Digitally-savvy urban consumers have the easiest of payment experiences, but only a small percentage of bill payments happen digitally. In rural areas, bill payment remains a tedious chore.

Imagine a villager having to wait for a bus, and travelling for two hours to the nearest taluka office to pay an electricity bill of 50. The Bharat Bill Payment System (BBPS) has been designed as a system that can address such issues. It functions as a central switch. Once a biller connects into BBPS, s/he can accept bill payments from any BBPS customer touch point. Thus, a bill payer from Shillong will be able to pay his utility bills, even if he is on tour in Maharashtra, by visiting a nearby BBPS centre and paying a nominal service fee.

After the success of the Unified Payments Interface, BBPS is the next big initiative from the National Payments Corporation of India)—an umbrella organization for payments in India, owned by Indian banks and regulated by the Reserve Bank of India (RBI). With new payment banks, and many other organizations planning to join the BBPS network, the nearest bill payment centre may soon be your kirana store, your mobile recharge shop, or even your post office.

BBPS will unleash major changes across the ecosystem. For customers, the increased number of payment touch points, and the ability to pay a wide range of bills using any mode of payment, including cash, will usher in a new age of convenience. For billers, BBPS can bring down the cost of collections significantly. Even the largest of billers such as the electricity, water and gas utilities have a limited number of physical collection centres within their own geographies. It is estimated that the cost of bill collection at a physical point would be 100 per bill, while it would be lower if collected through a partner network. With BBPS, billers need not tie up individually with third parties for collection. Once they join the network, every collection unit affiliated to BBPS becomes their collection unit.

The universe of billers will also expand due to BBPS. Conceptually, anyone who has a bill that needs to be collected—including microfinance institutions, housing societies, schools and colleges, newspaper vendors, the milkman, and others—can become billers in the BBPS system. These are the segments where bill collection is the most inefficient. My newspaper vendor, for example, sends me his bill once every three months and that, too, after a couple of reminders. I have to chase my housing society to send me my quarterly maintenance bill since I do not live in the same property. By joining the BBPS network (as and when RBI opens up BBPS to these categories), such billers can ensure timely collections, while providing a convenient payment mode to customers like me.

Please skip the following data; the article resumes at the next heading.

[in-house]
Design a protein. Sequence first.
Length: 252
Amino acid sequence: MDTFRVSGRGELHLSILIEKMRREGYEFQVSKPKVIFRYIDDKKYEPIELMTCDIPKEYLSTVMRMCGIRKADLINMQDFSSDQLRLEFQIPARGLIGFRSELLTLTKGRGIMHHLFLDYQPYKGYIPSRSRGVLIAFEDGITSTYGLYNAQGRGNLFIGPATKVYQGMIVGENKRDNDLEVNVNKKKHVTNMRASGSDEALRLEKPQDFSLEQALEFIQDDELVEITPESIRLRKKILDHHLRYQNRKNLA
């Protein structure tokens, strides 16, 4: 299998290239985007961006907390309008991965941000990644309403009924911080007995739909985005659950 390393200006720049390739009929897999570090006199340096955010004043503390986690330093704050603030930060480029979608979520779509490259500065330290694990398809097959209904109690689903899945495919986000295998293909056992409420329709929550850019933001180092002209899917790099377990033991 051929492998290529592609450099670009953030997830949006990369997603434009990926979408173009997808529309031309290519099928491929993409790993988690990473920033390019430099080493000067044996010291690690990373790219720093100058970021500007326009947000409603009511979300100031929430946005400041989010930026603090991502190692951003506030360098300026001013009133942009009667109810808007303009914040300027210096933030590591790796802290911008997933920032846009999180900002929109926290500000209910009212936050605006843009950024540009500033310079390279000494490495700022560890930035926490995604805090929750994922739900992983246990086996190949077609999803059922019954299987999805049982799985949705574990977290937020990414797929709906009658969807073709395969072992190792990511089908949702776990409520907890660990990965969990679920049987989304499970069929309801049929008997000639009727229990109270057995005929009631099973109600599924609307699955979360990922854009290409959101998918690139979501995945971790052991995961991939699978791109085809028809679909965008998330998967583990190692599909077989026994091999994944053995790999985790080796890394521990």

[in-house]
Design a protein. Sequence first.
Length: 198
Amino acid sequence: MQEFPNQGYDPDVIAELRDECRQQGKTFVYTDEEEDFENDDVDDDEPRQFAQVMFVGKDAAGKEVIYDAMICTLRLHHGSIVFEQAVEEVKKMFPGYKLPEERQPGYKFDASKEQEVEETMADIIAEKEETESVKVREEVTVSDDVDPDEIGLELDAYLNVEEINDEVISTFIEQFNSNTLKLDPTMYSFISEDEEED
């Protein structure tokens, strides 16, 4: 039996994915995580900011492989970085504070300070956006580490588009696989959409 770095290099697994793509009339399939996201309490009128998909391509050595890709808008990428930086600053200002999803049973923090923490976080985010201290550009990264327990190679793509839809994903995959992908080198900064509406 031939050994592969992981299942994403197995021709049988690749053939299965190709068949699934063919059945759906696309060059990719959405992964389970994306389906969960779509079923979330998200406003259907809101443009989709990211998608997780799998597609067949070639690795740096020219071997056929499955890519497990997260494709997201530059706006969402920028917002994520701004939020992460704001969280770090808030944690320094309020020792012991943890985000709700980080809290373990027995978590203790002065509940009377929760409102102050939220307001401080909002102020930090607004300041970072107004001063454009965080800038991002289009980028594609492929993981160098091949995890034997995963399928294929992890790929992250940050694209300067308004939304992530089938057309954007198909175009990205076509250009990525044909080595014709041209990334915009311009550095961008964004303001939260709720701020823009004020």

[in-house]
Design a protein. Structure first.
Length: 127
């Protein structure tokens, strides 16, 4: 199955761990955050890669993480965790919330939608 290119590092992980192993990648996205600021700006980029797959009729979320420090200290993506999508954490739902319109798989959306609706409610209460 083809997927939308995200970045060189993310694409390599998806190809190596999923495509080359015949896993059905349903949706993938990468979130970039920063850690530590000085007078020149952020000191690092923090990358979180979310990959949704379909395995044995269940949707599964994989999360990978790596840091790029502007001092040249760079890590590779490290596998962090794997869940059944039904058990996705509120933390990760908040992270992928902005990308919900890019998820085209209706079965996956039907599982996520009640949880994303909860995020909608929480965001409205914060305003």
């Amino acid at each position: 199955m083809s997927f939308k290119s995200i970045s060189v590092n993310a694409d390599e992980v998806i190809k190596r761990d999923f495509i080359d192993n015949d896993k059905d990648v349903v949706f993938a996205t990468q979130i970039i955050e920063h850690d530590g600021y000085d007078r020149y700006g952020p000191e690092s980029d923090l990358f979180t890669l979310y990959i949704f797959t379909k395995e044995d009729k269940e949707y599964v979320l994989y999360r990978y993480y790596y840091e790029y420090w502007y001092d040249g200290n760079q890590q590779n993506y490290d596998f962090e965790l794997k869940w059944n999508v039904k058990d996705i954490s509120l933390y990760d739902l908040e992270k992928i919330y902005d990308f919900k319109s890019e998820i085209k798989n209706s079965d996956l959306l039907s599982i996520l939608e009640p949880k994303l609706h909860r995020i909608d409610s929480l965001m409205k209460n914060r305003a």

For many billers, BBPS can help move bill collection from an expensive, high-touch process involving multiple follow-ups, into to a cost-effective, low-touch process. For banks and fintech firms, BBPS can help with greater customer engagement. For bank customers, the ability to pay a wide range of bills through the bank account is a strong incentive to ensure that their bank account is always funded and active. For mobile wallets and payments apps, bill payment is one of the best ways of ensuring regular usage by customers and making them familiar with their apps.

For organizations like banks that bring billers into BBPS, this is an opportunity to build a deep relationship. By providing a good BBPS biller service, such organizations can build revenues through transaction fees, providing current accounts and offering loans against future cash flows. For technology and service providers in the billing ecosystem, BBPS could expand the business opportunity as more billers and consumers enter this network.

Currently, RBI has allowed five categories of billers in the BBPS ecosystem: electricity, water, direct-to-home, gas and telecom (post-paid). Hopefully, more categories will be opened up soon.

Venkatesh Hariharan is fellow and director (fintech) at iSpirt, a non-profit think tank that aims to make India a product nation.

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